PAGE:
He divides culture into four sections: Eating, Listening, Watching and Drinking. The writing is interesting and he pulls no punches. I think the book should be read and digested. As Christians we should think. For too long in the church, emotions have trumped facts. We react before we get all the facts. Paul dealt with it in the question of eating meats that had been sacrificed to idols. He took a balanced approach and McCracken seems to do the same.

With that said, I had disagreements with some of the little things, but isn't that what the whole book is about?

McCracken starts his book with the subject of Food. Eating - we should enjoy those things God has given us to eat. God could have made food for utilitarian purposes only. He could have made food with no taste and given us some kind of mechanism to force us to eat for physical needs only. But food is more that a a necessary evil. God has given it taste and enjoyment. It is God's common grace that makes the eating of it enjoyable.

Brett shows us how to enjoy food, but not to over indulge. His theory sounds great so far. Where I think he goes astray is the "buy fair trade" and "Whole foods" part. Much of this sounds like "Liberal speak". Make sure the chickens we eat are treated with love and respect. Don't buy from large companies (i.e. Walmart). Buy local and eat slow.

There is nothing inherently wrong with this. It just gives a feeling that normal people who buy from Walmart and McDonald's are a little lower on the food chain (pun intended). Because we can not afford a seven hour, ten course meal, we are not quite experiencing the best God has to offer.

With that said, there is much benefit from this section. He does tell the food connoisseur not to be arrogant and look down on others that can not afford expensive "Whole Foods". It still feels a little like saying to your wife  - "That dress looks beautiful on you, BUT....."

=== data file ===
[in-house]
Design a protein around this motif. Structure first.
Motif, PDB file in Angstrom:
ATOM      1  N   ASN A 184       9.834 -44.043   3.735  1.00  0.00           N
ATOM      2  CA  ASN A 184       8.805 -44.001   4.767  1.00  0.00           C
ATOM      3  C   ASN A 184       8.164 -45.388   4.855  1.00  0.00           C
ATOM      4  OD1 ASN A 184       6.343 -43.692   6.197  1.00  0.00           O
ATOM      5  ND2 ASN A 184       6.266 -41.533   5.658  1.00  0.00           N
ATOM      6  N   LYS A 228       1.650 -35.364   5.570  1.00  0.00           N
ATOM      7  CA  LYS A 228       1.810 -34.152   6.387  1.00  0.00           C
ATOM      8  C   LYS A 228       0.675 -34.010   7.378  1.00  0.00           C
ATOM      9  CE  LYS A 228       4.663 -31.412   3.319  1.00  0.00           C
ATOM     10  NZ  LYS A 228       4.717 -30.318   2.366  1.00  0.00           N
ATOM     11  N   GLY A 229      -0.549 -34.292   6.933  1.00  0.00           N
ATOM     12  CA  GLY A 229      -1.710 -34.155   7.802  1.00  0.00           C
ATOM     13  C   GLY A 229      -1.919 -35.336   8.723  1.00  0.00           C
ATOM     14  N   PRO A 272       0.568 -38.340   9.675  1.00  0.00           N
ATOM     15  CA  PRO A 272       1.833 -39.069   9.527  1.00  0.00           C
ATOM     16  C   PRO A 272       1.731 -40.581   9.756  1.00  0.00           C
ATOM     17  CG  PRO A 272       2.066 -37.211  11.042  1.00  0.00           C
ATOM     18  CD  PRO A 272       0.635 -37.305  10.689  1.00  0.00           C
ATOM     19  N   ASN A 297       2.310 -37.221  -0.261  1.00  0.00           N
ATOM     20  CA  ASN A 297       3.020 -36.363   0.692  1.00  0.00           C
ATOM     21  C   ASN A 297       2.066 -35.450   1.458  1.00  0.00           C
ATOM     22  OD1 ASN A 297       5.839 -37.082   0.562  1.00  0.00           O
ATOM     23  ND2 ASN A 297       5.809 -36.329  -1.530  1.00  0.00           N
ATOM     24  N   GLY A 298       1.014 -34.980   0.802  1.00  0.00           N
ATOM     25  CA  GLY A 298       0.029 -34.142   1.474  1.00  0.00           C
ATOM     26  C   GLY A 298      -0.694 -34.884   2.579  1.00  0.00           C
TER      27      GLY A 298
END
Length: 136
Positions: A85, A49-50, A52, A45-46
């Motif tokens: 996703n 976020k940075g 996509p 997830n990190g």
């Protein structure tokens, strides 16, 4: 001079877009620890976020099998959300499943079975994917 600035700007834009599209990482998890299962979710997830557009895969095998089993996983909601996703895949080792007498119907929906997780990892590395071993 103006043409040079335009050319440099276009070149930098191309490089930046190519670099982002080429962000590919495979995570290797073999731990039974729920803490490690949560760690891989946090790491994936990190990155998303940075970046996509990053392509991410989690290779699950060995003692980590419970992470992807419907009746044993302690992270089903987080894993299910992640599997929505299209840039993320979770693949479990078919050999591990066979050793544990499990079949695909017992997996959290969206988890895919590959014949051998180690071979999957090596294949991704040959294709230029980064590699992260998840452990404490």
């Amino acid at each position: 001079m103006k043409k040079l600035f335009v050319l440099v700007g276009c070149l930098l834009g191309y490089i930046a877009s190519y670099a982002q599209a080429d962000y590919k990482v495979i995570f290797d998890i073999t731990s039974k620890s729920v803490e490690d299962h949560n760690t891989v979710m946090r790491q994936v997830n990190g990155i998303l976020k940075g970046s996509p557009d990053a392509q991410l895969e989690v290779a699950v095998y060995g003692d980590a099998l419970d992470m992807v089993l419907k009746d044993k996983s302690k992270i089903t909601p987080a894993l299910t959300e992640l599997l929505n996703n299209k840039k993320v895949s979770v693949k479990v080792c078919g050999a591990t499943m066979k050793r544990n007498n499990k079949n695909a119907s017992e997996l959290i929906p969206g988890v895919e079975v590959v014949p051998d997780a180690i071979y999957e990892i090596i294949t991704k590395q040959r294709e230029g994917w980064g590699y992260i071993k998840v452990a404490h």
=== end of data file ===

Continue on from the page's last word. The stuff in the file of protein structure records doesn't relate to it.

The second subject concerns Listening (music). Another controversial subject.

As a musician, this subject touches home. When I became a christian, I felt all secular music was wrong. To my defense, I came out of a lot of drugs and very dark music. After a few years, I became a little more balanced. That is the stand Brett takes. Music in itself is a gift from God and should be used for Him but that does not mean every song has to be a hymn or worship chorus.

I do not agree with everything he listens to but it is a "Gray Matter".

Another subject is watching(movies).

I enjoy action movies. Personally I try to catch them on channels that remove much of the foul language and other objectionable stuff. McCracken believes if it does not tempt you or cause you to stumble, it is fine to watch. Again, I personally believe, if at all possible watch the edited version.

The last subject is Drinking(alcohol).

This subject really gets some people mad. This was my favorite section. He takes us through a short history of fermented beverages. He then gives his take on alcohol. He ends the section with a caution to those who would take drinking too far.

In each chapter McCracken starts out bold, but then brings in the balance. I believe this is a must read for all Christians. There will be a lot of disagreement, but that is one reason why you should read it. It WILL make you think.

I give it 5 out of 5 stars.

I received this book, free of charge, from Baker Books and Netgalley in exchange for an honest review.

Book Review: Ken Erisman - Grounded in the Faith book was a pleasure to read. Each chapter takes us through a different bible doctrine. Erisman also includes many scriptural references and quotes from theologians past and present.

He takes some deep doctrines and places them on the lower shelf so that those who are new in the Lord can understand them. This is basically a short, easy-to-read, Systematic Theology.

It would be a great book to give to some one who has just been saved or one who would like to know what the Bible says about a number of topics.

Ken touches on everything from Justification to the Divinity of Christ. Each chapter or session contains an overview, the teaching itself, quotes from a number of theologians and a list of questions to make sure you understand the text.

His theology is from the reformed tradition and his writing is very direct and understandable. There is also a great Forward by J.I. Packer.

Sections include subjects like: Justification, Regeneration, Overcoming temptations, Prayer, The Trinity, and much, much more.

It would be a good book to use in a Sunday School class or bible study. It is well written and never boring. I will definitely read  Erisman again.

I highly recommend it and give it 4 out of 5 stars.